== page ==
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Led by Jean Allaire, an attorney from Laval and author of the Allaire Report, and Mario Dumont, a rising political star who had been President of the Liberal Youth Commission, the dissidents founded the ADQ.Allaire became the first party leader, but resigned within a few months for health reasons.In the ensuing election campaign, Dumont took part in the televised leaders debate and was elected as an MNA, but could not expand his electoral support significantly enough to get other party members elected.For the next eight years, he was the ADQ's lone MNA.By contrast, Quebec Liberal leader Jean Charest was able to put Bernard Landry of the Parti Québécois on the defensive.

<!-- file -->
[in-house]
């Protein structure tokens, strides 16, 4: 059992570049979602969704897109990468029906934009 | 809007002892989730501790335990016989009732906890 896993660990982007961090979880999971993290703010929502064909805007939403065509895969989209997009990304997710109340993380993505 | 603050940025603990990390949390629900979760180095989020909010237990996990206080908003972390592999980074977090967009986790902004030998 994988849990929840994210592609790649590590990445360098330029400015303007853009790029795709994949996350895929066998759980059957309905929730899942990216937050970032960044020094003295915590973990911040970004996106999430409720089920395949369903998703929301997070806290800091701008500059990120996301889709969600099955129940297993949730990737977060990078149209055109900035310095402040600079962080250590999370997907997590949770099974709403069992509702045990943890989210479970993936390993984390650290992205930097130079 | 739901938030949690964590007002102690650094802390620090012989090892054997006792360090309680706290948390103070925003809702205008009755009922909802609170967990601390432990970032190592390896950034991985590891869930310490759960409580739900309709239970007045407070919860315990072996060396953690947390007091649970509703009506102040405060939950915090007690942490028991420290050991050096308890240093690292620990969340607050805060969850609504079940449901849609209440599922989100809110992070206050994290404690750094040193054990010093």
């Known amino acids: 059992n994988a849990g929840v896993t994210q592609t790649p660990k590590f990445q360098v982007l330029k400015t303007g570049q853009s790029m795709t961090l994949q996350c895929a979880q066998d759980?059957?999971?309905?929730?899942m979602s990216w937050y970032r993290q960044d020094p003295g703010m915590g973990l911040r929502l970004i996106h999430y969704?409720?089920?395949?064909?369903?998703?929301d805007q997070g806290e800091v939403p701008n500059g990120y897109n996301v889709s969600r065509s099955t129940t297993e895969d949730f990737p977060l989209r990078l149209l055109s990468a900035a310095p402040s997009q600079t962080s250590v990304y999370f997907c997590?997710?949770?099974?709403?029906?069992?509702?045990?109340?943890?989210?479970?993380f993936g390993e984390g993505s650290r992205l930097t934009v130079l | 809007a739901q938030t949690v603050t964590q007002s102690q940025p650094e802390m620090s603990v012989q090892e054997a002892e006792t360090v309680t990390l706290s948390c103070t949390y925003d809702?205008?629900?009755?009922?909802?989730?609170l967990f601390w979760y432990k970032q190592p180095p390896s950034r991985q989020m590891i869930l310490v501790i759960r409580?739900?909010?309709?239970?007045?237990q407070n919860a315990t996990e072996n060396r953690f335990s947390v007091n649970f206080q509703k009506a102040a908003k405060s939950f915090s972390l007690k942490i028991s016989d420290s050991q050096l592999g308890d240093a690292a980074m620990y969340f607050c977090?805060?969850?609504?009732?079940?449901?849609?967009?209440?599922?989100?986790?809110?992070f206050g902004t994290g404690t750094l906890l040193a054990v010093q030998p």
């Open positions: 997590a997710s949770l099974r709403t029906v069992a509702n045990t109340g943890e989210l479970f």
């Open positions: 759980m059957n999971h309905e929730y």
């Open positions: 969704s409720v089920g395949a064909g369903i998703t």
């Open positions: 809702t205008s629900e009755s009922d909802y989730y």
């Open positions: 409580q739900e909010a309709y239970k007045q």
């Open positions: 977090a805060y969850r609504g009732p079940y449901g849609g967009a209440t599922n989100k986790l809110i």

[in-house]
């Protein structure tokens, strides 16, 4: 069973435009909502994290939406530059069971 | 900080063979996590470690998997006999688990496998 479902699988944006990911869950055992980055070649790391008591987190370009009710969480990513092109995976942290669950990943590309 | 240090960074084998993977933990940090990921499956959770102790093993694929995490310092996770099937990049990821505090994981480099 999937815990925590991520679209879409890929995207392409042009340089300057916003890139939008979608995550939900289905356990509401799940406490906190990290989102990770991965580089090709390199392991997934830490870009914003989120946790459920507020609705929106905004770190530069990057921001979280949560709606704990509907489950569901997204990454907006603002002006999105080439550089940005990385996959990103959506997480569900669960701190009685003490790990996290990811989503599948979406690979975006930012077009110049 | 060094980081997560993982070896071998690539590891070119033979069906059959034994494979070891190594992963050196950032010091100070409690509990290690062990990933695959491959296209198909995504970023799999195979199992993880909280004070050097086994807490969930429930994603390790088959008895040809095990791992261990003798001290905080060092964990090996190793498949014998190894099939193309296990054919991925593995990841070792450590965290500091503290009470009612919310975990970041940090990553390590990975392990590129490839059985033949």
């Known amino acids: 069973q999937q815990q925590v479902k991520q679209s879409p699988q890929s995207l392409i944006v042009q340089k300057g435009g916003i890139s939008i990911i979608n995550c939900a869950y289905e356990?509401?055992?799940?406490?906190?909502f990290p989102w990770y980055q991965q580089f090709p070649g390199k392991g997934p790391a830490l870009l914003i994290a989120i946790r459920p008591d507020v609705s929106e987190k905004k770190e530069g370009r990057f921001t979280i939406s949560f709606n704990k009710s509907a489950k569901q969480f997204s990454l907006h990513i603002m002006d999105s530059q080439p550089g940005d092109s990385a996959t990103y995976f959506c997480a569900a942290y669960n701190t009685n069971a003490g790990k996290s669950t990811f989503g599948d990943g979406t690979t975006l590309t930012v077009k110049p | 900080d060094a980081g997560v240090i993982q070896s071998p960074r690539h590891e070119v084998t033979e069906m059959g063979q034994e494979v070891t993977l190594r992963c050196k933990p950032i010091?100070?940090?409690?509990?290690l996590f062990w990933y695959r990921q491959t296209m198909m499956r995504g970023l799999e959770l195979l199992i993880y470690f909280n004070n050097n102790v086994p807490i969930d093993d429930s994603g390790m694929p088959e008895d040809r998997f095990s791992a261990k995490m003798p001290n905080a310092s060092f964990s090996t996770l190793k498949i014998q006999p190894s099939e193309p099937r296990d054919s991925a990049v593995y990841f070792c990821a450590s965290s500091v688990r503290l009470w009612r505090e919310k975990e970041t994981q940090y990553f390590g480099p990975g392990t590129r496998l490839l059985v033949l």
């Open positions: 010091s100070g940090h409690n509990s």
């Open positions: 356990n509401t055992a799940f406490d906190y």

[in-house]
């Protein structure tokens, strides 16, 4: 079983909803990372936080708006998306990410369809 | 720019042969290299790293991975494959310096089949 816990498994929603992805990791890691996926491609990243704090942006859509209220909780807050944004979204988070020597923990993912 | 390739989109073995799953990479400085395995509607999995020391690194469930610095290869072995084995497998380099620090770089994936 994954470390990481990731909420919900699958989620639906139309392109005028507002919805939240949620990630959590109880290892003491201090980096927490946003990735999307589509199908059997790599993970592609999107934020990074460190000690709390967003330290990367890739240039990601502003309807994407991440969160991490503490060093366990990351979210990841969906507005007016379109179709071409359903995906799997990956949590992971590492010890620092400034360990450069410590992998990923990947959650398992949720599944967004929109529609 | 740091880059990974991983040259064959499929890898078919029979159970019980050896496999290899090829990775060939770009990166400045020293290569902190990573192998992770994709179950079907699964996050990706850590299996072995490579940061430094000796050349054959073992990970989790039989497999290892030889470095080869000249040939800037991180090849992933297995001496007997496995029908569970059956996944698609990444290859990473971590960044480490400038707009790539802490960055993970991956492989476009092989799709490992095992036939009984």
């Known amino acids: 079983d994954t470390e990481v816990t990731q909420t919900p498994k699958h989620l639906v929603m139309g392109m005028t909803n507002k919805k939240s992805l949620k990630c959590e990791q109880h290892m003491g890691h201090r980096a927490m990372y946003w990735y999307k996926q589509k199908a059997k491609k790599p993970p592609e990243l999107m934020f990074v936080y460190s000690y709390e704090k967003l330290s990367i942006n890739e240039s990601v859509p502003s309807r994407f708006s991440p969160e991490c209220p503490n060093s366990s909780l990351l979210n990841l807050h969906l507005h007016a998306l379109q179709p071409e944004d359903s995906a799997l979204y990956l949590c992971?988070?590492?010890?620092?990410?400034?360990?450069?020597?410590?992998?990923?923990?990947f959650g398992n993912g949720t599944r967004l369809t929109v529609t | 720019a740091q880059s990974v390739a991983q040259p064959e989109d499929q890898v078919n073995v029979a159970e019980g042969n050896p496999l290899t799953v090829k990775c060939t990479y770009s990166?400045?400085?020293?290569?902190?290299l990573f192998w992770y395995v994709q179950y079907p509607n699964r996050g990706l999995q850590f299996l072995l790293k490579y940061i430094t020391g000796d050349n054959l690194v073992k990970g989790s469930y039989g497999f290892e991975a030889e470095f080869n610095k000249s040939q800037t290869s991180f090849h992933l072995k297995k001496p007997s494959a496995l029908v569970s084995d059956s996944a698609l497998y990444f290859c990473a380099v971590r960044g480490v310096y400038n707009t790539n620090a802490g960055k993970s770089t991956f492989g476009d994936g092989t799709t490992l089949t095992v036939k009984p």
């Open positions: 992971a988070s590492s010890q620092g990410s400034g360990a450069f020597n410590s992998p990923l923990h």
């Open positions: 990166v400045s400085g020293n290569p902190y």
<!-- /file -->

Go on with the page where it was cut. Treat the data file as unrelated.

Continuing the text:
Légaré defended the station's freedom of speech and was elected on September 20, 2004, which raised the number of ADQ seats back to five.Although Dumont was a very popular leader, support for the ADQ always lagged well behind him.In fact, for many years, the ADQ tried to capitialize on Dumont's personal popularity by using the official name Action démocratique du Québec-Équipe Mario Dumont (Action démocratique du Québec-Team Mario Dumont).In April and June 2002, voter dissatisfaction with both the Parti Québécois (PQ) government of Bernard Landry and the Liberal alternative presented by Jean Charest led the ADQ to an unexpected victory in a series of by-elections, bringing the party caucus to five members.After the by-election wins, the ADQ soared in popularity, leading the established parties in public opinion polling for the first time in its existence.

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